Lesson 7 / There is no one “best” way to reduce a dislocation. However, try a few methods and find a few approaches that work for you. Make sure one of your methods can be performed on the un-sedated patient or at most with them sucking on a Penthrox inhaler, Entonox or a fentanyl lozenge.
Although anathema in many EDs, we typically diagnose our dislocated shoulders clinically and x-ray them only after a reduction to rule out (or confirm) associated bony injury. Even if there is a fracture, the shoulder still needs to be reduced. Sometimes the x-ray is even performed the following day if it has been reduced on the slopes during night skiing.
Fortunately most of our injuries are “fresh” and so done without sedation or additional analgesia beyond that which the ski patrol have already administered. A decent dose of ketamine is preferable to trickling in the morph and midaz until you have an obtunded patient.
First, make sure it’s not an ACJ, then check the axilliary nerve (Regimental badge sensation) and radial nerve (wrist extension). Neurological compromise is a good reason not to delay reduction and it usually improves afterwards. If it doesn’t go back easily, then definitely x-ray to see why.
So which method to use? First you need to understand that all reductions (in any joint) require two things: muscle relaxation and progressive traction. Then you need to think about the anatomy, in this case the humeral head is sitting inferiorly and anteriorly to its usual location. The inferior border of the glenoid can obstruct relocation.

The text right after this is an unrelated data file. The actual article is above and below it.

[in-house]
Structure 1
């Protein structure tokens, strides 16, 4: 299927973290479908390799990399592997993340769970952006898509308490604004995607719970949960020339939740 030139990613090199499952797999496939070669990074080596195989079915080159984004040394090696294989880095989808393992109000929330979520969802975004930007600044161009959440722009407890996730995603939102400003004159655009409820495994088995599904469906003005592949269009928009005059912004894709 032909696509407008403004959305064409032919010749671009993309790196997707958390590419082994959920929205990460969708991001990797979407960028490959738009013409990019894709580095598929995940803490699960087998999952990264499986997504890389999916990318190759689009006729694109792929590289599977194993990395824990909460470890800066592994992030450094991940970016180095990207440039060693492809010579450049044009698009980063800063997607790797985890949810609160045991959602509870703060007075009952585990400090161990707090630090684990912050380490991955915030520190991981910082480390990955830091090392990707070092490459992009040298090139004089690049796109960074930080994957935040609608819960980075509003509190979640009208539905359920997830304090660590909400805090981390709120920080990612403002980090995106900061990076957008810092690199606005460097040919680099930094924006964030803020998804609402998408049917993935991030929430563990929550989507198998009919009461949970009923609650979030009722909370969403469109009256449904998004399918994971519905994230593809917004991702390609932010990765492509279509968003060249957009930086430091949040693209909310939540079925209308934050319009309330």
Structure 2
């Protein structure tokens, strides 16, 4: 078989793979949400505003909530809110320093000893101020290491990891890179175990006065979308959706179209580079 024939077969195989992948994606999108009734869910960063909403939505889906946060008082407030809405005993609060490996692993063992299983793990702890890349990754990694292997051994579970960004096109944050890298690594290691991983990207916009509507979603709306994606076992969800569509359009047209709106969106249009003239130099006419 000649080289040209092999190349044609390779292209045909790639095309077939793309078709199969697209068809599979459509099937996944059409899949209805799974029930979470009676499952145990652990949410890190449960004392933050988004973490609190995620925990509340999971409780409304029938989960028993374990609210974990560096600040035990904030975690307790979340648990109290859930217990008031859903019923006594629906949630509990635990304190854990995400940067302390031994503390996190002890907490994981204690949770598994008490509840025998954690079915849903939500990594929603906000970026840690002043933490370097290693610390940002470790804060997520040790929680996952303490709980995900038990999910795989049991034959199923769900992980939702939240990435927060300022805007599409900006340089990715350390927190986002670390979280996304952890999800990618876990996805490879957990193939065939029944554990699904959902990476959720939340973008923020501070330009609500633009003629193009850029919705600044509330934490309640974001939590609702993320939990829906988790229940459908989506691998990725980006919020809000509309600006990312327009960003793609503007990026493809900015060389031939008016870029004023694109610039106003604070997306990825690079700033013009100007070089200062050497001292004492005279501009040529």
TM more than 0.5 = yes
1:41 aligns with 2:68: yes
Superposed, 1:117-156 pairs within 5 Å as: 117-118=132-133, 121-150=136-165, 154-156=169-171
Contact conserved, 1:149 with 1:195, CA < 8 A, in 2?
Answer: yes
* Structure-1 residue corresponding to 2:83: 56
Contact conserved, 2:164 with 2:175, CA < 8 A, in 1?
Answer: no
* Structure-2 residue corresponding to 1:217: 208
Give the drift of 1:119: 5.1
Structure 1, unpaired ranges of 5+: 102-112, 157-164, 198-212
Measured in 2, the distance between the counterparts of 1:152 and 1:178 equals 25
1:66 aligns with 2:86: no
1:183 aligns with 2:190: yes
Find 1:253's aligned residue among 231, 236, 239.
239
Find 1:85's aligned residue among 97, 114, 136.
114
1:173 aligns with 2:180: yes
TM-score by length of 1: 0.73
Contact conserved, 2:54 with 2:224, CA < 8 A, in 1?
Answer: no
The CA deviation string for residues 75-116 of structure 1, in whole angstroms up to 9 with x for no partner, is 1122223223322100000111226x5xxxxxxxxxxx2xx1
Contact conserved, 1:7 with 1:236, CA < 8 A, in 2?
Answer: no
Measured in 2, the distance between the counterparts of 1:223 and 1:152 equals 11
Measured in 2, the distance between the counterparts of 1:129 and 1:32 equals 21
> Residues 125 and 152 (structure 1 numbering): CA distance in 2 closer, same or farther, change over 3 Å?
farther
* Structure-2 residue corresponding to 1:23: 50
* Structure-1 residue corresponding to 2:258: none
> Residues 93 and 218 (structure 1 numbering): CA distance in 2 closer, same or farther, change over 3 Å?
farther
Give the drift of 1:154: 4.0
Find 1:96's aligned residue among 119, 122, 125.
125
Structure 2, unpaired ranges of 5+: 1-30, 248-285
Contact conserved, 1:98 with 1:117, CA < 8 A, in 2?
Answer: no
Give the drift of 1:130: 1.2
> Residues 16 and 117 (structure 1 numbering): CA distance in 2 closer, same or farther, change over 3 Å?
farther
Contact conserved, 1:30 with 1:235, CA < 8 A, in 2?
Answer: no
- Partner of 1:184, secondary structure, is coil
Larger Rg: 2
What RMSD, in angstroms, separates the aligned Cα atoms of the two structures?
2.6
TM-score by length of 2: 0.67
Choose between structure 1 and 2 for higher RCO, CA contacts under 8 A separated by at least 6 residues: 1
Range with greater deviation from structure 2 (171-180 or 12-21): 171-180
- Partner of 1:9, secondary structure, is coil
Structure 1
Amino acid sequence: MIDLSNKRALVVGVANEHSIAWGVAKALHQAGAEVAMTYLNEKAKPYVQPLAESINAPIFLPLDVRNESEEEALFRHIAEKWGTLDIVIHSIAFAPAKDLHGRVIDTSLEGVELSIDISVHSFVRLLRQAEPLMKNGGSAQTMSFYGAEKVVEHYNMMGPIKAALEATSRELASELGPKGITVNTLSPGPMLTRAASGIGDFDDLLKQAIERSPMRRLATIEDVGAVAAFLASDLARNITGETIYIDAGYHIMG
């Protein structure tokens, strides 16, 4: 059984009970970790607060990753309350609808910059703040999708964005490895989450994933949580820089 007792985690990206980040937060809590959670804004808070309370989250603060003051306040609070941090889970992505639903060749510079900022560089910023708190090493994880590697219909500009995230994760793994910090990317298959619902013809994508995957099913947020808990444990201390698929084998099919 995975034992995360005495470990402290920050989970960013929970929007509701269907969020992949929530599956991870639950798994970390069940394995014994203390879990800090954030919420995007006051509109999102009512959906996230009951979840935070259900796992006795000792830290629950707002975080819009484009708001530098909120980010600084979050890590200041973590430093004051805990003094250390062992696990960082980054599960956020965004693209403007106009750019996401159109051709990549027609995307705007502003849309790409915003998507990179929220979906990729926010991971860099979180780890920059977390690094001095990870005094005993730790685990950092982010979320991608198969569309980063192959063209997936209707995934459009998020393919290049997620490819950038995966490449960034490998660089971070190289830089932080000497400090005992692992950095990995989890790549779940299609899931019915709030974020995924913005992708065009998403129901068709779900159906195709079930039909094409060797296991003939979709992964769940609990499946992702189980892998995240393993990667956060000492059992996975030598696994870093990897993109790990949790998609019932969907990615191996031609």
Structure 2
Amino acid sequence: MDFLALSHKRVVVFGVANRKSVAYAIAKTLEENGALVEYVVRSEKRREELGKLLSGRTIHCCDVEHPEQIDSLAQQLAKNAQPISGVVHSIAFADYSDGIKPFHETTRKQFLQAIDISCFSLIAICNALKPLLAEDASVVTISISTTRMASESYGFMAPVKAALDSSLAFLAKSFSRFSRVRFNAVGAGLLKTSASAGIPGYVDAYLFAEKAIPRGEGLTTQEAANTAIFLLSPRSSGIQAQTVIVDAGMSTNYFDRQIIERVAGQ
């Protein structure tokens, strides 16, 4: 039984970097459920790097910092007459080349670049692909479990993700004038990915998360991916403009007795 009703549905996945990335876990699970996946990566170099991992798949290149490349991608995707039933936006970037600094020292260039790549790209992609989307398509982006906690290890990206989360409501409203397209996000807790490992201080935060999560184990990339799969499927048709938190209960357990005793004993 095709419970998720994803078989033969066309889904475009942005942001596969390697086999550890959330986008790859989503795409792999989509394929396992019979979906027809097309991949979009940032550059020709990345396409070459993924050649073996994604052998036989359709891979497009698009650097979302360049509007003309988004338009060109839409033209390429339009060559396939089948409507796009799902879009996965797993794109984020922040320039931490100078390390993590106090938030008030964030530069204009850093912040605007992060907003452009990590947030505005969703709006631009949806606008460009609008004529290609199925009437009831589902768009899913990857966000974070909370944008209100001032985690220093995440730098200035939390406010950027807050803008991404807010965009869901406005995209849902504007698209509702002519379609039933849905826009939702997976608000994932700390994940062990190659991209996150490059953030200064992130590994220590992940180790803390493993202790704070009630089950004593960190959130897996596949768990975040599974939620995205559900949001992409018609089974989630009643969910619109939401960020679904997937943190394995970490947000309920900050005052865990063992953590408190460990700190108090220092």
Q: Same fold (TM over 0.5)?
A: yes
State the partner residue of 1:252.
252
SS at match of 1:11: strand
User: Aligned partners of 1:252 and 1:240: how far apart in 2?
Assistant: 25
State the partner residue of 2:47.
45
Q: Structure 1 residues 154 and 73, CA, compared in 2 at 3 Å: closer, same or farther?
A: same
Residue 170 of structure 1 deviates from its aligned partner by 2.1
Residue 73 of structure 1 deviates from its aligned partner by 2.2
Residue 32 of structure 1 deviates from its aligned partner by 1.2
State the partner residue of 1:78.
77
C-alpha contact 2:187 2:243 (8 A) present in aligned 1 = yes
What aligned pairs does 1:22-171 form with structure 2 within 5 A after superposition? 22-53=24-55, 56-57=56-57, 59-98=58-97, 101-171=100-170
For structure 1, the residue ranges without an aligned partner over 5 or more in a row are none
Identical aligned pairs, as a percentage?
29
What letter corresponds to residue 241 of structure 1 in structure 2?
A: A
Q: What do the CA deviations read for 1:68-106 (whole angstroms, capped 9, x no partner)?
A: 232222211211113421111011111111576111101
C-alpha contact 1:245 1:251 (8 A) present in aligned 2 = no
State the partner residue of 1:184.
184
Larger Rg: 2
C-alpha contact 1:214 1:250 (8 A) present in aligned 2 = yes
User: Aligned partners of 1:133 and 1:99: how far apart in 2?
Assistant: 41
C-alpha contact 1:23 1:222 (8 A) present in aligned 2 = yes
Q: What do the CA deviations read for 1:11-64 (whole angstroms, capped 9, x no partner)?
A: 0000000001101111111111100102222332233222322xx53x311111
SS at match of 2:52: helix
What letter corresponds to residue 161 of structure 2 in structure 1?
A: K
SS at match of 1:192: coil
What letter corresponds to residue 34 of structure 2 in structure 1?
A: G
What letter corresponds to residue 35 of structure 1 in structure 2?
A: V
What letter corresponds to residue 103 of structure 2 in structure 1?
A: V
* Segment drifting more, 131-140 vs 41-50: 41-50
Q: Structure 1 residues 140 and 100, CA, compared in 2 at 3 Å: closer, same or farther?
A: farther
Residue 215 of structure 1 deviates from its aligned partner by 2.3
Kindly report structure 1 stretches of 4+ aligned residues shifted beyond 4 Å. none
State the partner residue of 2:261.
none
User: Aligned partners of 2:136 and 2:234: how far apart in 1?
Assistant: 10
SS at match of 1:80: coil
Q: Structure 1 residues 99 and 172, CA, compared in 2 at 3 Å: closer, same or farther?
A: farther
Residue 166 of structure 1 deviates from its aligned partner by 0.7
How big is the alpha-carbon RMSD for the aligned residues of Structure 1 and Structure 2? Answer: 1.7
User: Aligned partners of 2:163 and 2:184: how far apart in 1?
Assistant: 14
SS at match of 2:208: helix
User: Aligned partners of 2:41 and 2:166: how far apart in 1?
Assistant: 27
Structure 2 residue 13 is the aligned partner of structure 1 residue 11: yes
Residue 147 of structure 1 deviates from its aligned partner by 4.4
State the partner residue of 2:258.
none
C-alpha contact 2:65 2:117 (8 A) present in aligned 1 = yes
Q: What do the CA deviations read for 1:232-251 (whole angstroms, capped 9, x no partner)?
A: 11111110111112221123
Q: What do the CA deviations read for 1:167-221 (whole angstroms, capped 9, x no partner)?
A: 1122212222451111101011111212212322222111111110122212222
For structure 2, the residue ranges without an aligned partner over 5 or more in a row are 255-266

Our primary approach has been written up as the Mount Beauty method, but often modified with scapular rotation and/or counter-traction to free up the humeral head from its trapped location below the glenoid, and sometimes the addition of bicipital massage. It’s also worth knowing a method to relocate your own shoulder if nobody else is around. For more information, visit shoulderdislocation.net.
While a first dislocation definitely needs an x-ray to exclude bony injury, you can use some judgement with recurrent dislocators (remember Hill-Sachs and bony Bankart from med school?) Research evidence is also getting stronger for early surgical intervention in the young dislocators so think about referral. Length of immobilisation seems to vary depending upon who you ask. And the answer won’t be very evidence based, because the evidence suggests we don’t really know. It will always be a balance between allowing soft tissue healing and the risk of acquiring a stiff joint. At our centre, we tend to go for a short period of immobilisation followed by staged rehabilitation with the arm kept below shoulder level for three weeks at least.
Rotator Cuff Injuries
This greater tuberosity fracture explains why the patient can’t abduct the arm: supraspinatus, infraspinatus, and teres minor all insert here.
Lesson 8 / Think about the structures that you can’t see on the plain x-ray.
In those patients for whom one of the above bony injuries doesn’t jump out at you, you are going to want to look at both active and passive ROM: think about (and examine) the four rotator cuff muscles and look for a painful arc suggesting sub-acromial bursitis. Painless weakness is bad news and suggests a complete muscle tear. Equally, sometimes pain produces apparent weakness in the acute setting making it hard to tell. Make sure these patients get reviewed in a few days’ time. Be particularly vigilant with the over 40’s for whom rotator cuff pathology is more common and have a lower threshold for imaging. Whether this imaging is USS, MRI, or MRA will come down to what you have available and personal preference of the surgeon.
Your one-stop shop for snowsports injury and injury prevention is Mike Langran’s Ski-Injury.com. It covers many of these topics in much more detail.
You can contact Edi by email: email@example.com.